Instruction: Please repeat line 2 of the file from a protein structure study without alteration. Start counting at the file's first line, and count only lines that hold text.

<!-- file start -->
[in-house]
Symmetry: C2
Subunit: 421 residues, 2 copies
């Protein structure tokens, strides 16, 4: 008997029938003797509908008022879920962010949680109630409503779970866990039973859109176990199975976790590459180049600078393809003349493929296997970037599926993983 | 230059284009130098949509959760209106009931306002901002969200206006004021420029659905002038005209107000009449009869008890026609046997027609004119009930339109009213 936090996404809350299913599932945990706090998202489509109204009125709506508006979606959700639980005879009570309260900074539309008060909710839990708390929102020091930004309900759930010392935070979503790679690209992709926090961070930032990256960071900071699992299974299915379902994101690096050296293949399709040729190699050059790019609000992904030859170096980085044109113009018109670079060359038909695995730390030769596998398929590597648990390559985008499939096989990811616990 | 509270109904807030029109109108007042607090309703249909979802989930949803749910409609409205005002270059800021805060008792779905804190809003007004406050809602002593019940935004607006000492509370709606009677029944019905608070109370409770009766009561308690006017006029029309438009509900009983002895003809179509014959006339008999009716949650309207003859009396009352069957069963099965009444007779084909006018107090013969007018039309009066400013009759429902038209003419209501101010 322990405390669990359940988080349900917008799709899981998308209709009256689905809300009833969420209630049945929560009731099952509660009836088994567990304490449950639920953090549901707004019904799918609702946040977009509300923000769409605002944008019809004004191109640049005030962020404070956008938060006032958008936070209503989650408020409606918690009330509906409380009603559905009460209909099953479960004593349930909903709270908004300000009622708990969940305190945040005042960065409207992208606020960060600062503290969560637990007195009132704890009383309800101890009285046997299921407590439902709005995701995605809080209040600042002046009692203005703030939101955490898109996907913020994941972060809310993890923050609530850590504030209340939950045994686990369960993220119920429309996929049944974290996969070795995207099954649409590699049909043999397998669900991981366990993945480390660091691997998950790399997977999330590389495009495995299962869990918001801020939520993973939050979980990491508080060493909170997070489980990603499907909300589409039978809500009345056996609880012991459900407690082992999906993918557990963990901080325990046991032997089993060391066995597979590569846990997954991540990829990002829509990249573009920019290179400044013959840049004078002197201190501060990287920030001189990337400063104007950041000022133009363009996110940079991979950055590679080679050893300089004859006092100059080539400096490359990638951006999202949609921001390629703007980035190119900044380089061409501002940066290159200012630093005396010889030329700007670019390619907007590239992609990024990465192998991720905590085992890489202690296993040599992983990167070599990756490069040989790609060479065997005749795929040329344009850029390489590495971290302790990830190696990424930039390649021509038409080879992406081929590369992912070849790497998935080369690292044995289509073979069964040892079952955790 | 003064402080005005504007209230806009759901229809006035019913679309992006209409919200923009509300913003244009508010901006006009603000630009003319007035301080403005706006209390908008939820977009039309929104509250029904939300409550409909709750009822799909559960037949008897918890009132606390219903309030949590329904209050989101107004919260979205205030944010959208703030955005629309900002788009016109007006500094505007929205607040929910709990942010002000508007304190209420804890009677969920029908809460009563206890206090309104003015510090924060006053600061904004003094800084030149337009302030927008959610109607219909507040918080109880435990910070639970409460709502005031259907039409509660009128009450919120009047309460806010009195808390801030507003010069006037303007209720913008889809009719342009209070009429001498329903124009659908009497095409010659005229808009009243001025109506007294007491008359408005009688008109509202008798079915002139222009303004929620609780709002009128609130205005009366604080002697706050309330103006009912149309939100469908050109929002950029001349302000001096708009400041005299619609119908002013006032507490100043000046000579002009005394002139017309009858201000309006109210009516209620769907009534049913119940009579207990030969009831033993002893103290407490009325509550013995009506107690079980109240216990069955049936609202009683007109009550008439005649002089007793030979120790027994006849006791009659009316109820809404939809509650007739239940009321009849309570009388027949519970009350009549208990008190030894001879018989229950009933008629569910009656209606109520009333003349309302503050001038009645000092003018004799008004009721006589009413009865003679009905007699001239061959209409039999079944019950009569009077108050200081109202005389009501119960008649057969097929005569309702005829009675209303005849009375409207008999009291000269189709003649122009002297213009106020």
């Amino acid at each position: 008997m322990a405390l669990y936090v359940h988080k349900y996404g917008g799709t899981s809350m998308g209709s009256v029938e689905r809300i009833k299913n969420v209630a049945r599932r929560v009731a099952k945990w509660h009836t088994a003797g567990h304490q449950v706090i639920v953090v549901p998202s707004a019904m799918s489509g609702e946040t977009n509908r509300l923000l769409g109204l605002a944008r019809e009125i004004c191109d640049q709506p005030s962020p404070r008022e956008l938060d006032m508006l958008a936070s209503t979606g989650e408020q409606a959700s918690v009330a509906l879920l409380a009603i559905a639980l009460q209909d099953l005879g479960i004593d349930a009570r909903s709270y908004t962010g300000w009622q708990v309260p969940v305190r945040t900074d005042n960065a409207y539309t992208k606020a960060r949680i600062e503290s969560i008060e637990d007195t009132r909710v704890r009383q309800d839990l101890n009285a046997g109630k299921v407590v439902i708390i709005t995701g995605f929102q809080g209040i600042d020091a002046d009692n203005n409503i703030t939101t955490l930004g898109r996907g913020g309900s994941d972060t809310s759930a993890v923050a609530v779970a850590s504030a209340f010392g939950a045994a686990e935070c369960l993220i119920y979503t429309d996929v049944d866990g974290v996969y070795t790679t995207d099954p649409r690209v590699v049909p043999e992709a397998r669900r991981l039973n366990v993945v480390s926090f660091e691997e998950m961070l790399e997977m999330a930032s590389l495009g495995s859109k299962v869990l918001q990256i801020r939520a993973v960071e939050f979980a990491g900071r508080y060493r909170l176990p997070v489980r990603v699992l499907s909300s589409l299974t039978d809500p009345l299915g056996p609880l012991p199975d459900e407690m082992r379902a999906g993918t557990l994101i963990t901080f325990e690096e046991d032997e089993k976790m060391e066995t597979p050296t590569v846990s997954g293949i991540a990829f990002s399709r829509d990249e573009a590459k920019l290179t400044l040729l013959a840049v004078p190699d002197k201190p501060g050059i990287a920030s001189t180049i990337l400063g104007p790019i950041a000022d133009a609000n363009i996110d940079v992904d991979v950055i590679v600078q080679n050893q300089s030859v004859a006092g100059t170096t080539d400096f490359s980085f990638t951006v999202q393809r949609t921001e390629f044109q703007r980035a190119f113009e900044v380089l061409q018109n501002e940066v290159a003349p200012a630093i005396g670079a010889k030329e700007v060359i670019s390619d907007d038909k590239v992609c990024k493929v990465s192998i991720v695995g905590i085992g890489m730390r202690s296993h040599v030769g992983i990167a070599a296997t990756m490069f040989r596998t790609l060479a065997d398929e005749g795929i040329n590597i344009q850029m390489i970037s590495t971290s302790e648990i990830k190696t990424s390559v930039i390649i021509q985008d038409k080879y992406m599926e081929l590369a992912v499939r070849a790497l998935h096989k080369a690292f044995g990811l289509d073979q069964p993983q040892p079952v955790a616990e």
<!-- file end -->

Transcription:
Symmetry: C2